Momma always told me that monsters weren’t under my bed, that they didn’t come out at night. I was safe. But when I was five years old, I learned that the monster snored in the room next door.
That he did not come out at night, when the darkness swept over us like a shadow cast over our sights, he would stagger into walls with a cry of slurred curses and collapse with the sound of thunderclouds, only to press repeat the next night.
No, the monster also came out in the day. He was an artist: he painted blue and purple flowers that branched across Momma’s face. He took Momma’s breath away, he held her high like a trophy on a pedestal. He clutched his trophy tight. By the neck. And claimed his prize.
“You’re nothing without me!” he would scream, loud enough to make my ears ring. One night whilst he was passed out, Momma took my sister and me by the hand and we ran.
In the darkness that hid us, we ran towards a better life. Or rather, that’s what I thought. No matter how far we ran, he never left me. I was shackled, and no matter how hard I tried to break my chains- I was weighed down. Every night, I woke up glistening in sweat, covered in a second skin of fear. I felt cold- so cold that it reached my bones. I wanted to scream, but my voice was stripped from me, just like how he stripped me of my innocence. I could no longer contain my pain, the rage that was ripping through me, wanting to be released. So, I became that girl. At age 12, I had clean cuts decorating my arms, legs and hips. No! That was not an open invitation for you to stare, trying to find the scars to prove that my statement is true because I could be “just looking for attention”. My scars go far deeper than my skin. They’re embedded in my heart and mind. They will go everywhere that I go, they are a part of me no matter how hard I scrub my skin.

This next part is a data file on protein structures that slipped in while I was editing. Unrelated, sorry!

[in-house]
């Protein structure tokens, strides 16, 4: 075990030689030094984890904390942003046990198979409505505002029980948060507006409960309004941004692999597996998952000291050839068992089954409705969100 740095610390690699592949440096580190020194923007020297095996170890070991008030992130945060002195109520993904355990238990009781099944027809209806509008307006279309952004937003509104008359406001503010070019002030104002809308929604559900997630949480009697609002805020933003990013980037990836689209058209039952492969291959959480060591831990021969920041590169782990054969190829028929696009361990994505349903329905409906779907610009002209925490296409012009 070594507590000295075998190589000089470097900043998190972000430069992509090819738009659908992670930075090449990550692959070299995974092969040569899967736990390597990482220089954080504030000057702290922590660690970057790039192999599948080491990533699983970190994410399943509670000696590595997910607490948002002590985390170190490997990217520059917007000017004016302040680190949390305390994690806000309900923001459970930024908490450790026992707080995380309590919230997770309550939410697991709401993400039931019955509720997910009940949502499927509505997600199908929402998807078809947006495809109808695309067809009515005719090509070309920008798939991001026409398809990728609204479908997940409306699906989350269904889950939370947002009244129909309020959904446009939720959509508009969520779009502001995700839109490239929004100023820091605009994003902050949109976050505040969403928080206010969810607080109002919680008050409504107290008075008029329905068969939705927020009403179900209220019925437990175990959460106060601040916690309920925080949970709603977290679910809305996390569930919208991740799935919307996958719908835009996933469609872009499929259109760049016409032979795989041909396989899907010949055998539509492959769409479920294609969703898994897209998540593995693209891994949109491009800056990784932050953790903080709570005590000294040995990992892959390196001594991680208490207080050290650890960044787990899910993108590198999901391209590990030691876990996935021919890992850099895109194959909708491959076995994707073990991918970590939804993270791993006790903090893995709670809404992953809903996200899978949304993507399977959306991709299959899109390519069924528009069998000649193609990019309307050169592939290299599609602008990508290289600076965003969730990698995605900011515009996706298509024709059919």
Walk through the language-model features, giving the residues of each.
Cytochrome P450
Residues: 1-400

Momma always said, “There aren’t monsters under my bed.”
No Momma, he’s in my head.